Neuroethics 2 (1):35-50 (2009)
|Abstract||Recent progress in neurosciences has improved our understanding of chronic disorders of consciousness. One example of this advancement is the emergence of the new diagnostic category of minimally conscious state (MCS). The central characteristic of MCS is impaired consciousness. Though the phenomenon now referred to as MCS pre-existed its inclusion in diagnostic classifications, the current medical ethical concepts mainly apply to patients with normal consciousness and to non-conscious patients. Accordingly, how we morally should stand with persons in minimally conscious state remains unclear. In this paper, I examine whether the notion of human dignity could provide us with guidance with the moral difficulties MCS gives rise to. More precisely, I focus on the question of whether we are justified in holding that persons in minimally conscious state possess human dignity.|
|Keywords||Human dignity Impaired consciousness Minimally conscious state Moral problem|
|Categories||categorize this paper)|
|Through your library||Configure|
Similar books and articles
Alexander A. Fingelkurts, Andrew A. Fingelkurts, Sergio Bagnato, Cristina Boccagni & Giuseppe Galardi (2012). EEG Oscillatory States as Neuro-Phenomenology of Consciousness as Revealed From Patients in Vegetative and Minimally Conscious States. Consciousness and Cognition 21 (1):149-169.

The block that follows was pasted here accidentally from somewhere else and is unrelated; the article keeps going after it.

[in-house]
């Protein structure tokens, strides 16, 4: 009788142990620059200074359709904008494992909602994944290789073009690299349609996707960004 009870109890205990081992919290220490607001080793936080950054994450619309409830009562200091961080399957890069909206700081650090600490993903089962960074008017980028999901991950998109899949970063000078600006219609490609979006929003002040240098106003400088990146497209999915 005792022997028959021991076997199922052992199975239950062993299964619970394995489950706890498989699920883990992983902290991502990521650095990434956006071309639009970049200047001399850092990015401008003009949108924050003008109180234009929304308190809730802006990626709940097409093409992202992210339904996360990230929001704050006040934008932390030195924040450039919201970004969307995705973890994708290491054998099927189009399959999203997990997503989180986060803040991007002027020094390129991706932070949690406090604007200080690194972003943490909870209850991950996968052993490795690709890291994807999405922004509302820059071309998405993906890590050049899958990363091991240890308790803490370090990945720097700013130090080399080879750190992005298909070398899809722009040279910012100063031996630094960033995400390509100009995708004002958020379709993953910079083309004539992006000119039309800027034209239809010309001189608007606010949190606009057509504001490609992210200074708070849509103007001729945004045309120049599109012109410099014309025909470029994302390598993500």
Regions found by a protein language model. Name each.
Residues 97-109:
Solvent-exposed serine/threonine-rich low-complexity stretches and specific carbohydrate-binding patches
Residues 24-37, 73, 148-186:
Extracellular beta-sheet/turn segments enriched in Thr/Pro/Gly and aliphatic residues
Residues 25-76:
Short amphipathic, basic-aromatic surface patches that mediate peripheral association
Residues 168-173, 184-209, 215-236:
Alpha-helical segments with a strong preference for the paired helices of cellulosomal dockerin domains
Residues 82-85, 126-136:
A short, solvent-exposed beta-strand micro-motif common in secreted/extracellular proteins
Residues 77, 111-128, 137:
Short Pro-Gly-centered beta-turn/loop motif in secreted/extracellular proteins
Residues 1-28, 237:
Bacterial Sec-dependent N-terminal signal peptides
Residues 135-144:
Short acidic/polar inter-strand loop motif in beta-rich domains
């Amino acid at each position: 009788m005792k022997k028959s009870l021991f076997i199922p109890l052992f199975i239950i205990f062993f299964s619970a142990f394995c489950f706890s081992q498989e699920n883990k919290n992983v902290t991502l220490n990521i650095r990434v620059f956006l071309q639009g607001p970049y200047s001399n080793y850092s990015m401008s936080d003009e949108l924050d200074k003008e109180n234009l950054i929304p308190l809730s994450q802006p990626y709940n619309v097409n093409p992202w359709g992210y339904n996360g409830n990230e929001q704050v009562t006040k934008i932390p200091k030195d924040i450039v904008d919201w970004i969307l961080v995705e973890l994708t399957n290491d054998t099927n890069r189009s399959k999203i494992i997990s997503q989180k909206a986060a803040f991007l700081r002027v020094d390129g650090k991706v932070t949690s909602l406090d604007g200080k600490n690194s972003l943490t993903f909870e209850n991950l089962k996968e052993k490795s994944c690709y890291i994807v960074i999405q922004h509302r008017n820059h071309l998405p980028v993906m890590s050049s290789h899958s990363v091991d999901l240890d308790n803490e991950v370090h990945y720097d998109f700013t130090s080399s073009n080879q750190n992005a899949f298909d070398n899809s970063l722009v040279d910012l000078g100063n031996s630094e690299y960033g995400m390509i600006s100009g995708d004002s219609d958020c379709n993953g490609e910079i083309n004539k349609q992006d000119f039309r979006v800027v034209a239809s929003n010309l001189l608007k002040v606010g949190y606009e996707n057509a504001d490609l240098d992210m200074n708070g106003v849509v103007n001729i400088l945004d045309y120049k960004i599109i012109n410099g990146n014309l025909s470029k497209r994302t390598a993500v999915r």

Jakob Hohwy & David Reutens (2009). A Case for Increased Caution in End of Life Decisions for Disorders of Consciousness. Monash Bioethics 28 (2):13.1-13.13.
Neil Levy & Julian Savulescu (2009). Moral Significance of Phenomenal Consciousness. Progress in Brain Research.
Quentin Noirhomme & Caroline Schnakers, A Twitch of Consciousness: Defining the Boundaries of Vegetative and Minimally Conscious States.
Walter Glannon (2008). Neurostimulation and the Minimally Conscious State. Bioethics 22 (6):337–345.
Richard Malone, Caroline Schnakers & Kathleen Kalmar, Does the Four Score Correctly Diagnose the Vegetative and Minimally Conscious States?
Jukka Varelius (2011). Respect for Autonomy, Advance Directives, and Minimally Conscious State. Bioethics 25 (9):505-515.
Andrew A. Fingelkurts, Alexander A. Fingelkurts, Sergio Bagnato, Cristina Boccagni & Giuseppe Galardi (2012). Toward Operational Architectonics of Consciousness: Basic Evidence From Patients with Severe Cerebral Injuries. Cognitive Processing 13 (2):111-131.
Jukka Varelius (2011). Minimally Conscious State, Human Dignity, and the Significance of Species: A Reply to Kaczor. Neuroethics (Browse Results) 6 (1):85-95.
Added to index2009-01-28
Total downloads35 ( #39,202 of 722,765 )
Recent downloads (6 months)1 ( #60,247 of 722,765 )
How can I increase my downloads?